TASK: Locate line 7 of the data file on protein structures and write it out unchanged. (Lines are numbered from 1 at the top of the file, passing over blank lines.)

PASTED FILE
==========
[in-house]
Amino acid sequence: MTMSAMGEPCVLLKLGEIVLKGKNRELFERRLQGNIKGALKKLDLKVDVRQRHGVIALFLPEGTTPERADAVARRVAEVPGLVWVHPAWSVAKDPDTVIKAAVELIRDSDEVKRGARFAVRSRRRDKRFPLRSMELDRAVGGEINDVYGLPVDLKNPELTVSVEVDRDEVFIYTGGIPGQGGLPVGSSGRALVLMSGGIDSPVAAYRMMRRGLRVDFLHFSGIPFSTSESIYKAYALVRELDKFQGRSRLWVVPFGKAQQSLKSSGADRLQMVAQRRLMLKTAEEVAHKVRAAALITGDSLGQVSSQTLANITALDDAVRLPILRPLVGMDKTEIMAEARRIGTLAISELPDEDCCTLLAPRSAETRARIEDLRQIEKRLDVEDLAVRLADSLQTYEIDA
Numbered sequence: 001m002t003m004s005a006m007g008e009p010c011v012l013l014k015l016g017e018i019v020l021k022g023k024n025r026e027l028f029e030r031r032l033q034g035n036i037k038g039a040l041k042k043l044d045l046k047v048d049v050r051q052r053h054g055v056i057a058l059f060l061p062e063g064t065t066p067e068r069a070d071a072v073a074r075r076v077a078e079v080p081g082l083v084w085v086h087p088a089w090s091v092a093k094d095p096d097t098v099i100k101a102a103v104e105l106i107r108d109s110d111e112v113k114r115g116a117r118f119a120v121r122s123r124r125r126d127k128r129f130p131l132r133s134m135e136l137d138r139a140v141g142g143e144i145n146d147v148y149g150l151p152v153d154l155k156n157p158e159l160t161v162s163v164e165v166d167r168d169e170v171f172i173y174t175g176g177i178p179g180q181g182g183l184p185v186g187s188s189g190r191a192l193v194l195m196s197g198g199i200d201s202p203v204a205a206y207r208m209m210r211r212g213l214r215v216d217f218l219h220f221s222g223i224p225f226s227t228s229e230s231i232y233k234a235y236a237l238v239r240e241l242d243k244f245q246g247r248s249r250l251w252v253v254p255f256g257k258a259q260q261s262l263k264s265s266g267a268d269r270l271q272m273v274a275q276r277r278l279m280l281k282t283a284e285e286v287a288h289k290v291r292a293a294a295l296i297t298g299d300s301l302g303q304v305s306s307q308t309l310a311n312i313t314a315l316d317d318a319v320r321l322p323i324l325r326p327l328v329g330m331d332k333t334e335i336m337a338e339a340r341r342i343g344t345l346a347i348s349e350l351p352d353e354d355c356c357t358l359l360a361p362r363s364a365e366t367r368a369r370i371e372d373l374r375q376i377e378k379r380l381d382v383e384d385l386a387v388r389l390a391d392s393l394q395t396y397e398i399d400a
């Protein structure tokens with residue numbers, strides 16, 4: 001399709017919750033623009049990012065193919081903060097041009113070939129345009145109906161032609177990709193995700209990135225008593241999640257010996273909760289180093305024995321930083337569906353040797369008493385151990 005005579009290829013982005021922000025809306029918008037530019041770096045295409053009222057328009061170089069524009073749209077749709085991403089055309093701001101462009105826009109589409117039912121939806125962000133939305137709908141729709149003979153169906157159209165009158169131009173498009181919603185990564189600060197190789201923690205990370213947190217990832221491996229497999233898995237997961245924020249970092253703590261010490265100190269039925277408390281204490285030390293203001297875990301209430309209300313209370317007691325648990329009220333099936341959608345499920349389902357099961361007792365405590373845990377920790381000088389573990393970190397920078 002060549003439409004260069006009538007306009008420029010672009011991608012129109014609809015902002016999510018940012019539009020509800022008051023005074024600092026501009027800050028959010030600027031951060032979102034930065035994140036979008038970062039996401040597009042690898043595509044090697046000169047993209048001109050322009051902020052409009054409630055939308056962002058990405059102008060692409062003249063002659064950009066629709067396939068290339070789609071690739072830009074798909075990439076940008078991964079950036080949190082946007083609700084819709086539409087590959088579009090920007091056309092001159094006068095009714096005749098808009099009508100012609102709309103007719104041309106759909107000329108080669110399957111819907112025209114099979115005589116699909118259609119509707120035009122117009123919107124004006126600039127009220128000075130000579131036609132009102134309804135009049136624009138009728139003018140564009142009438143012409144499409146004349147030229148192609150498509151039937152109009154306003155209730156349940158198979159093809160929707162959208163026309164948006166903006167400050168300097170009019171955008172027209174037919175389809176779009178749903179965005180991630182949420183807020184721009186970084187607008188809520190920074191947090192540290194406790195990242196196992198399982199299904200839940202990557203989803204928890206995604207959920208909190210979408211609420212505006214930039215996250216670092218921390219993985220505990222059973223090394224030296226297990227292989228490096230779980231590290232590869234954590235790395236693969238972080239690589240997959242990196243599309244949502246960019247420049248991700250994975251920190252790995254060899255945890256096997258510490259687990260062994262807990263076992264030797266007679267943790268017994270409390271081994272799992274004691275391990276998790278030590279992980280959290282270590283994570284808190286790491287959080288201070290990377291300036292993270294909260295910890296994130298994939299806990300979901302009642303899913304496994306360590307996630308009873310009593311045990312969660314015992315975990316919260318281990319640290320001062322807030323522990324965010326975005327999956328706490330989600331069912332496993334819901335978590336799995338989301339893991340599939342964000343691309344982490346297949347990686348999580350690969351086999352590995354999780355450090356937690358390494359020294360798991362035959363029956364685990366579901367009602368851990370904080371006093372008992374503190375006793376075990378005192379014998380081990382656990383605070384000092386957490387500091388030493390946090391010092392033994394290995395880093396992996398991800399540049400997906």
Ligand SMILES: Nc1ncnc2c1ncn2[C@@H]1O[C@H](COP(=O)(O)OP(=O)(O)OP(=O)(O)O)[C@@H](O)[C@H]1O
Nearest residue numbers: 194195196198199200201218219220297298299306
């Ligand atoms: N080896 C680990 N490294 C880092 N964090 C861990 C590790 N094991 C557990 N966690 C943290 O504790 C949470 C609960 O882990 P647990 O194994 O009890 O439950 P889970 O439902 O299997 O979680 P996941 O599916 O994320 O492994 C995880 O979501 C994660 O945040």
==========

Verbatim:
């Ligand atoms: N080896 C680990 N490294 C880092 N964090 C861990 C590790 N094991 C557990 N966690 C943290 O504790 C949470 C609960 O882990 P647990 O194994 O009890 O439950 P889970 O439902 O299997 O979680 P996941 O599916 O994320 O492994 C995880 O979501 C994660 O945040």